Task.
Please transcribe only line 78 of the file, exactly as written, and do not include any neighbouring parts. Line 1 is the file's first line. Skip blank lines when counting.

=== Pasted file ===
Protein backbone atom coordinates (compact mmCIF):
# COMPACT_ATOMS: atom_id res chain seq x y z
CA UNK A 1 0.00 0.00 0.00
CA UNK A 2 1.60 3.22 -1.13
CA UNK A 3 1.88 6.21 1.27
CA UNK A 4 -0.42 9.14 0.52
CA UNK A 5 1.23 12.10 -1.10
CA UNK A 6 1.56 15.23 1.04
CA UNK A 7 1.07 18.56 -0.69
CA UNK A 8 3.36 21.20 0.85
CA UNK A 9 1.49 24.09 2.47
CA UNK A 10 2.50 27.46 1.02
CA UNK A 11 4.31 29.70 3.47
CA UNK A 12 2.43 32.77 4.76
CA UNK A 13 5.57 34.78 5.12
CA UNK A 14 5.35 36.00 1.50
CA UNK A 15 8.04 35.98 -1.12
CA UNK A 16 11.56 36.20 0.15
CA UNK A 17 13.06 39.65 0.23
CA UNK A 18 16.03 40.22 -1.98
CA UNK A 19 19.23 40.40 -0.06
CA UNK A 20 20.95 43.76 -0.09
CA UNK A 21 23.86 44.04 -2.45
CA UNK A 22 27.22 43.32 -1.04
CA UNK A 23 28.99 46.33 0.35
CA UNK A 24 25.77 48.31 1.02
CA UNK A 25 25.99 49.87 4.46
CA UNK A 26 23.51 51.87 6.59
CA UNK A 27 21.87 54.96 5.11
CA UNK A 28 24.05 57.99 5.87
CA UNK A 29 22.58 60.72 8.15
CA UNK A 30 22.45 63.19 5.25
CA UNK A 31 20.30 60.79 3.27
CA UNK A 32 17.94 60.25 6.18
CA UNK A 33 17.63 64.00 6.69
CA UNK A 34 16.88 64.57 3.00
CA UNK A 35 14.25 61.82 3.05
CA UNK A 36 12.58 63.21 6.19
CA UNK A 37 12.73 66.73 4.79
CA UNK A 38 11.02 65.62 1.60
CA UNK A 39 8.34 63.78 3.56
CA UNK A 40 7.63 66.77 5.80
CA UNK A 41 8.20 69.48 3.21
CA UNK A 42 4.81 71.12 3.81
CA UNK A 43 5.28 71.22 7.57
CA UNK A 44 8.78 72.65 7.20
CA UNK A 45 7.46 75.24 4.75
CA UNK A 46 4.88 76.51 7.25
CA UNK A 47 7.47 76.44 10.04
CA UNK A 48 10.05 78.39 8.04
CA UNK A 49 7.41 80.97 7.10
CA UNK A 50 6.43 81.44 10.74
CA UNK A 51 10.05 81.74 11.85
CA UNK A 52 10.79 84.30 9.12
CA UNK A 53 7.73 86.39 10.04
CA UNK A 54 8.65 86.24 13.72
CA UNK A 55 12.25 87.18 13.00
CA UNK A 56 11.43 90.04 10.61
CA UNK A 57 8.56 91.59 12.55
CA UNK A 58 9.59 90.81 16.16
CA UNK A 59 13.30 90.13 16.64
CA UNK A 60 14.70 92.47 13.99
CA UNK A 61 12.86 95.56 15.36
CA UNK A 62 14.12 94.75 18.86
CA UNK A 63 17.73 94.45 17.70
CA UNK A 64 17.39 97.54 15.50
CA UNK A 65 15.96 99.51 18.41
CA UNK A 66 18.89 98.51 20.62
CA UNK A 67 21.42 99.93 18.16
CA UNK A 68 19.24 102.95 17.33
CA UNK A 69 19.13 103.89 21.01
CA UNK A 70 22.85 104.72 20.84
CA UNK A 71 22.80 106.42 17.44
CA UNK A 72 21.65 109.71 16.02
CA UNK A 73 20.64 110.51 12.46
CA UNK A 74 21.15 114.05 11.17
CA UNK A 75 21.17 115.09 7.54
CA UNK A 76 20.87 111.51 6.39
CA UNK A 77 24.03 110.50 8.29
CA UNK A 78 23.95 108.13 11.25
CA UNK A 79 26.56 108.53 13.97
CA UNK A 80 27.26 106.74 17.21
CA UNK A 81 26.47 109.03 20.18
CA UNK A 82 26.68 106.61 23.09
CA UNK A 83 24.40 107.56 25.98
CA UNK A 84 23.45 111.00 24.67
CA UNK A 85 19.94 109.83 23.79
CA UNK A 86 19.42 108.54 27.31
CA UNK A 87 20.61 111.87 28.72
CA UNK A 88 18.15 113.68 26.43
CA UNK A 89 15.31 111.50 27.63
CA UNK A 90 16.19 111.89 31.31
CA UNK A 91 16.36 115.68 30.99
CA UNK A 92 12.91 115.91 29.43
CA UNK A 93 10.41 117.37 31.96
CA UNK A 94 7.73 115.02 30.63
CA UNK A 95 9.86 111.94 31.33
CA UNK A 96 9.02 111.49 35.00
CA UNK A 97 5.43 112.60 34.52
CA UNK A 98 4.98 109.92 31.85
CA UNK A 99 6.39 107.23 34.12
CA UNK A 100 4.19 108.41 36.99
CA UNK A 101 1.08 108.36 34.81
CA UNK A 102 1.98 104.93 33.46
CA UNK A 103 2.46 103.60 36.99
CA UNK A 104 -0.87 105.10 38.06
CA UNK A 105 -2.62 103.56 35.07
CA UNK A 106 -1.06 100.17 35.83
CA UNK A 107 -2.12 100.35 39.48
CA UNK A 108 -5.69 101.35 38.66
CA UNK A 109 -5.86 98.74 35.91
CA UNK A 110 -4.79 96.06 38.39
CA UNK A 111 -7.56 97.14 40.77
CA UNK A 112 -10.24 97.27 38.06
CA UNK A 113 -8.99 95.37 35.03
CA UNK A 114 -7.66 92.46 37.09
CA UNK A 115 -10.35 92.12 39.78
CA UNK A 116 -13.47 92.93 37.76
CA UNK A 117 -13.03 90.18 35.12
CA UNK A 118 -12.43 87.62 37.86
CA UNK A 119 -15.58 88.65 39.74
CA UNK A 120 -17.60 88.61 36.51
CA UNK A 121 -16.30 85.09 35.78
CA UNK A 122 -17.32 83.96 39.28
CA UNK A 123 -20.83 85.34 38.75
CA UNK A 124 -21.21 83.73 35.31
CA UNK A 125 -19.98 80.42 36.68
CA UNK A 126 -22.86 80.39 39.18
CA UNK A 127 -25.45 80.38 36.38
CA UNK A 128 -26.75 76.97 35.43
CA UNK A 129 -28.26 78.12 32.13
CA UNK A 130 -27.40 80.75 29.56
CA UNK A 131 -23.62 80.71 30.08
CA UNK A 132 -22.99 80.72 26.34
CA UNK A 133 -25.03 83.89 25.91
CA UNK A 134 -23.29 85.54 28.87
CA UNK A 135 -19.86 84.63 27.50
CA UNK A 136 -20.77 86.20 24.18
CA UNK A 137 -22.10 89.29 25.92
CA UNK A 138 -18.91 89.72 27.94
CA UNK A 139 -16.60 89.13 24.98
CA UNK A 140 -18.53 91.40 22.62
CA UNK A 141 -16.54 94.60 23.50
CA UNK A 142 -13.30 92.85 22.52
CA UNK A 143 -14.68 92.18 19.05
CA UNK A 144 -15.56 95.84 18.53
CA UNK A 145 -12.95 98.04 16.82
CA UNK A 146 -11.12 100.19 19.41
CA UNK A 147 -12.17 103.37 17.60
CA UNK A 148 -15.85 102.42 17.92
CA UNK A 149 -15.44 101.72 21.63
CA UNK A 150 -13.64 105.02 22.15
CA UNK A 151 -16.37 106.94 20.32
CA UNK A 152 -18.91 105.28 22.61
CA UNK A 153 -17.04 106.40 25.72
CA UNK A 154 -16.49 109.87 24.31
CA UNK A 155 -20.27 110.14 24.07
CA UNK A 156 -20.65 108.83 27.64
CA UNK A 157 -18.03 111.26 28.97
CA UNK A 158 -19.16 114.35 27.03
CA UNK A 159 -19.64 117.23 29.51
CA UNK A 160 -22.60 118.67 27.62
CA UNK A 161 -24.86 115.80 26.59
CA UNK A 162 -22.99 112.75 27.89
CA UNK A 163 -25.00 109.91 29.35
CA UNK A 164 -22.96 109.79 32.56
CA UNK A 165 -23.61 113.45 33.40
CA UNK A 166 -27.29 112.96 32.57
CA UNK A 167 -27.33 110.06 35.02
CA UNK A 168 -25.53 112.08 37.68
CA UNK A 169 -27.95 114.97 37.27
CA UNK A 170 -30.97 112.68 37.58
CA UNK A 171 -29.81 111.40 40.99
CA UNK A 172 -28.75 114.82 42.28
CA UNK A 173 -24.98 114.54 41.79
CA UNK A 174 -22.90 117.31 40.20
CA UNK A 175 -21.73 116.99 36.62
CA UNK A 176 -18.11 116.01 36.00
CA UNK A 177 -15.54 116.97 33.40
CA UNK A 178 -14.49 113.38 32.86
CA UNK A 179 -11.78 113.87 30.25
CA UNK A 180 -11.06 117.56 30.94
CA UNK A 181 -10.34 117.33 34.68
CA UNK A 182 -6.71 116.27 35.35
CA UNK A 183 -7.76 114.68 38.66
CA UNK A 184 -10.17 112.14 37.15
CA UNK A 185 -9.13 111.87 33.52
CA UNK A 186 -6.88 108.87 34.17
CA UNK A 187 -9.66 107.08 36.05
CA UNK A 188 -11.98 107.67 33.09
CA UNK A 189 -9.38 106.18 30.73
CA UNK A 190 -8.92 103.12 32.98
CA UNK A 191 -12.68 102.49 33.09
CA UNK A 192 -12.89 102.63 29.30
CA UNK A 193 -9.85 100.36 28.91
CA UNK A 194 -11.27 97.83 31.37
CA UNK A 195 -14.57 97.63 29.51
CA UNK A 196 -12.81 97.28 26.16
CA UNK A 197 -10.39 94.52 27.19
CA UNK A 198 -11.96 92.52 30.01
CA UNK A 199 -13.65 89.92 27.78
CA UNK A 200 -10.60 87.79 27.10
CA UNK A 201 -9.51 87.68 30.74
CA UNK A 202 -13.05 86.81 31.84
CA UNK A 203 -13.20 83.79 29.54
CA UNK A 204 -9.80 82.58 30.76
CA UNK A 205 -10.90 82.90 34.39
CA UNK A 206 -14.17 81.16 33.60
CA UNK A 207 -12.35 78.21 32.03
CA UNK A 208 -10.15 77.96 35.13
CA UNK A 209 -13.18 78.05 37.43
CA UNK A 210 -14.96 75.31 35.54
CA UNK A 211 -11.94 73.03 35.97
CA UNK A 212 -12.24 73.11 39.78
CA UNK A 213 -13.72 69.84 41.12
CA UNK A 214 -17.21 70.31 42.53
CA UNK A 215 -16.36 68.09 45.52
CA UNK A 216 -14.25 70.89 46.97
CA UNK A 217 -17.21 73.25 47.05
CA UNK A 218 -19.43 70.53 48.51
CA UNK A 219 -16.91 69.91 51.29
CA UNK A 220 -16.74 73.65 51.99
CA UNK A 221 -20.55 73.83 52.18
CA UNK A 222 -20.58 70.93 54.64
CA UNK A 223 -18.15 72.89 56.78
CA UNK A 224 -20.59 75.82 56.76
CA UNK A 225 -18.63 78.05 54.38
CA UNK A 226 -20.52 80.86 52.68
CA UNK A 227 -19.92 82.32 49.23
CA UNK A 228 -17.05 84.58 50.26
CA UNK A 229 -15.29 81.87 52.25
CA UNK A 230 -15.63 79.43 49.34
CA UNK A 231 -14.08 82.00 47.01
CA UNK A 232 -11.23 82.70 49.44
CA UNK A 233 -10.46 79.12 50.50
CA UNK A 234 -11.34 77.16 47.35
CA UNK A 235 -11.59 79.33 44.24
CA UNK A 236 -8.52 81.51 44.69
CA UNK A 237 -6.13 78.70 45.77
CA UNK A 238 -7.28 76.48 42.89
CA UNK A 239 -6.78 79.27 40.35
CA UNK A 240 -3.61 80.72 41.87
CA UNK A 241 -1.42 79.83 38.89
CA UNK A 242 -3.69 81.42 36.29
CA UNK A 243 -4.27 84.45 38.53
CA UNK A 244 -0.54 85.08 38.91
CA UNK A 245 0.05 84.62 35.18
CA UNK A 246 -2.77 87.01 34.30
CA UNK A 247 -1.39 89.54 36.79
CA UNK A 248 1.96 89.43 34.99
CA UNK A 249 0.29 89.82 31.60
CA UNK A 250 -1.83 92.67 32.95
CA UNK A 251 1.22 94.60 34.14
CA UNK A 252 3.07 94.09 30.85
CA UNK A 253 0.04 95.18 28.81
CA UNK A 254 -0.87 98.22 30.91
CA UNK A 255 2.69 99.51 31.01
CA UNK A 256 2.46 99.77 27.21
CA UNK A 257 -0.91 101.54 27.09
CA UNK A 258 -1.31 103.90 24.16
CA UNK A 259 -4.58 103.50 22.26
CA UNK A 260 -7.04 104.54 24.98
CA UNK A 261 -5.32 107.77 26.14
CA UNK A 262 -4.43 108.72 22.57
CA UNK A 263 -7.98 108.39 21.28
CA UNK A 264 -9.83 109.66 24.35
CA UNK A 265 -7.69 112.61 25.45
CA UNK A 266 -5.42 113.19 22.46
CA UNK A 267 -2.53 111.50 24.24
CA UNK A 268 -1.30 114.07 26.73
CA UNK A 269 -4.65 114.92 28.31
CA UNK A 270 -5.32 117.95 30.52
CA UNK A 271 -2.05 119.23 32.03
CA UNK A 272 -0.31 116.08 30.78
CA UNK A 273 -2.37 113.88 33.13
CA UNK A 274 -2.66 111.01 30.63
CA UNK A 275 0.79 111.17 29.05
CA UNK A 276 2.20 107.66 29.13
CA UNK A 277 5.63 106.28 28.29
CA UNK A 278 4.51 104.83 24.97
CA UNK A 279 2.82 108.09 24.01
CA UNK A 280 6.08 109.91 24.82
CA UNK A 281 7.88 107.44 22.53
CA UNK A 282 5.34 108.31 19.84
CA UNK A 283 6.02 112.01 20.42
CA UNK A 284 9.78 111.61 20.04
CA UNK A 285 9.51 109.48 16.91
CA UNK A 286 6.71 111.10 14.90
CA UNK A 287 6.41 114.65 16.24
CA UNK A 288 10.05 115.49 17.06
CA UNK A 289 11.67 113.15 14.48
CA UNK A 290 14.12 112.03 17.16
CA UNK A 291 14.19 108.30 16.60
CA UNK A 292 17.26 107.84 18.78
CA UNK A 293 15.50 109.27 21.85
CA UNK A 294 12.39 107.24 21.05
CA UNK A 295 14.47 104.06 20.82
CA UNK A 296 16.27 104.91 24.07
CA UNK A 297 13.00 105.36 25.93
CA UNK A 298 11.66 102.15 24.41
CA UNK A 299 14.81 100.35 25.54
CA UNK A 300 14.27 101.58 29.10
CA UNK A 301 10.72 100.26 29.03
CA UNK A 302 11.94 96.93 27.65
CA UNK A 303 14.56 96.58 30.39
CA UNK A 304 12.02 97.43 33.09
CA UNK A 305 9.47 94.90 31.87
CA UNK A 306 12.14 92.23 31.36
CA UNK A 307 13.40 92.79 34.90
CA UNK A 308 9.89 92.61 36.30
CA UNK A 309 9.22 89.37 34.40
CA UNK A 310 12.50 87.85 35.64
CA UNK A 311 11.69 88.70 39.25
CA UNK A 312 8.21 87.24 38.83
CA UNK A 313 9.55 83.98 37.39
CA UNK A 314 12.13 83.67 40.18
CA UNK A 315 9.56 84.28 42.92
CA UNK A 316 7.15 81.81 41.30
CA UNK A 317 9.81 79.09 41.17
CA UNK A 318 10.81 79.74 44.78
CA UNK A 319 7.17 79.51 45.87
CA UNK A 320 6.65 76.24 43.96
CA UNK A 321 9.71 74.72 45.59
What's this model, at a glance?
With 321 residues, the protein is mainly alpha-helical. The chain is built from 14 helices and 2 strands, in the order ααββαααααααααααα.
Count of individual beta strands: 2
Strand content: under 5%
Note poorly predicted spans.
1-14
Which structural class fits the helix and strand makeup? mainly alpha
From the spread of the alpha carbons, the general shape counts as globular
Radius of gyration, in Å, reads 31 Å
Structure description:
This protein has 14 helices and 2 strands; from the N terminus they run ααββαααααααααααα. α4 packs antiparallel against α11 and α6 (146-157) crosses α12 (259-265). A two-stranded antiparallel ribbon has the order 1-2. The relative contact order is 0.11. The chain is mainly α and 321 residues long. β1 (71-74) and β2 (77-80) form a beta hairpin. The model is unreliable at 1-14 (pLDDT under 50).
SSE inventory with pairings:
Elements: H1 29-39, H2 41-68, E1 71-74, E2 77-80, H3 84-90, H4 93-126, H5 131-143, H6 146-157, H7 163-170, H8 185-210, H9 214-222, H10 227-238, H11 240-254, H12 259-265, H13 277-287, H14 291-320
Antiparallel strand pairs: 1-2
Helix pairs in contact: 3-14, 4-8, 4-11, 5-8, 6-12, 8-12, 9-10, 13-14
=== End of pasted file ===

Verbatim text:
CA UNK A 76 20.87 111.51 6.39